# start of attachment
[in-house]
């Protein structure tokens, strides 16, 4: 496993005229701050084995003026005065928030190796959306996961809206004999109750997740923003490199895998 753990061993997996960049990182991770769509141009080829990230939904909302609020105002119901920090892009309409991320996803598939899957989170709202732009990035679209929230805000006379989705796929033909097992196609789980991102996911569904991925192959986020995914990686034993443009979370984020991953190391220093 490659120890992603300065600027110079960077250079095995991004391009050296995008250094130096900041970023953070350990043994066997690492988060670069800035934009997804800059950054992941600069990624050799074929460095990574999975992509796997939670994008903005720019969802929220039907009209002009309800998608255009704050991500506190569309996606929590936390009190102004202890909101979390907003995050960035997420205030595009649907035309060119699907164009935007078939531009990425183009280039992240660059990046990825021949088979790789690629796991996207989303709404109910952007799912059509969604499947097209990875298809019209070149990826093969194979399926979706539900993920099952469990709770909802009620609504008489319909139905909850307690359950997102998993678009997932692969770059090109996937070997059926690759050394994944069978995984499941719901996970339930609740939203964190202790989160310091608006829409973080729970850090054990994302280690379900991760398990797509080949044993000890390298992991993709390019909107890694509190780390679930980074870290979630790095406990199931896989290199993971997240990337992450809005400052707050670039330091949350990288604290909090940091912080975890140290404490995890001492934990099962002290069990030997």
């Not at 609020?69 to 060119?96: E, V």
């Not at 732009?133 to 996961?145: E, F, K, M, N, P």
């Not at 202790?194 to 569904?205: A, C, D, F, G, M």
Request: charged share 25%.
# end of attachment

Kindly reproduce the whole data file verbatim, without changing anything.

[in-house]
């Protein structure tokens, strides 16, 4: 496993005229701050084995003026005065928030190796959306996961809206004999109750997740923003490199895998 753990061993997996960049990182991770769509141009080829990230939904909302609020105002119901920090892009309409991320996803598939899957989170709202732009990035679209929230805000006379989705796929033909097992196609789980991102996911569904991925192959986020995914990686034993443009979370984020991953190391220093 490659120890992603300065600027110079960077250079095995991004391009050296995008250094130096900041970023953070350990043994066997690492988060670069800035934009997804800059950054992941600069990624050799074929460095990574999975992509796997939670994008903005720019969802929220039907009209002009309800998608255009704050991500506190569309996606929590936390009190102004202890909101979390907003995050960035997420205030595009649907035309060119699907164009935007078939531009990425183009280039992240660059990046990825021949088979790789690629796991996207989303709404109910952007799912059509969604499947097209990875298809019209070149990826093969194979399926979706539900993920099952469990709770909802009620609504008489319909139905909850307690359950997102998993678009997932692969770059090109996937070997059926690759050394994944069978995984499941719901996970339930609740939203964190202790989160310091608006829409973080729970850090054990994302280690379900991760398990797509080949044993000890390298992991993709390019909107890694509190780390679930980074870290979630790095406990199931896989290199993971997240990337992450809005400052707050670039330091949350990288604290909090940091912080975890140290404490995890001492934990099962002290069990030997």
């Not at 609020?69 to 060119?96: E, V």
């Not at 732009?133 to 996961?145: E, F, K, M, N, P």
């Not at 202790?194 to 569904?205: A, C, D, F, G, M």
Request: charged share 25%.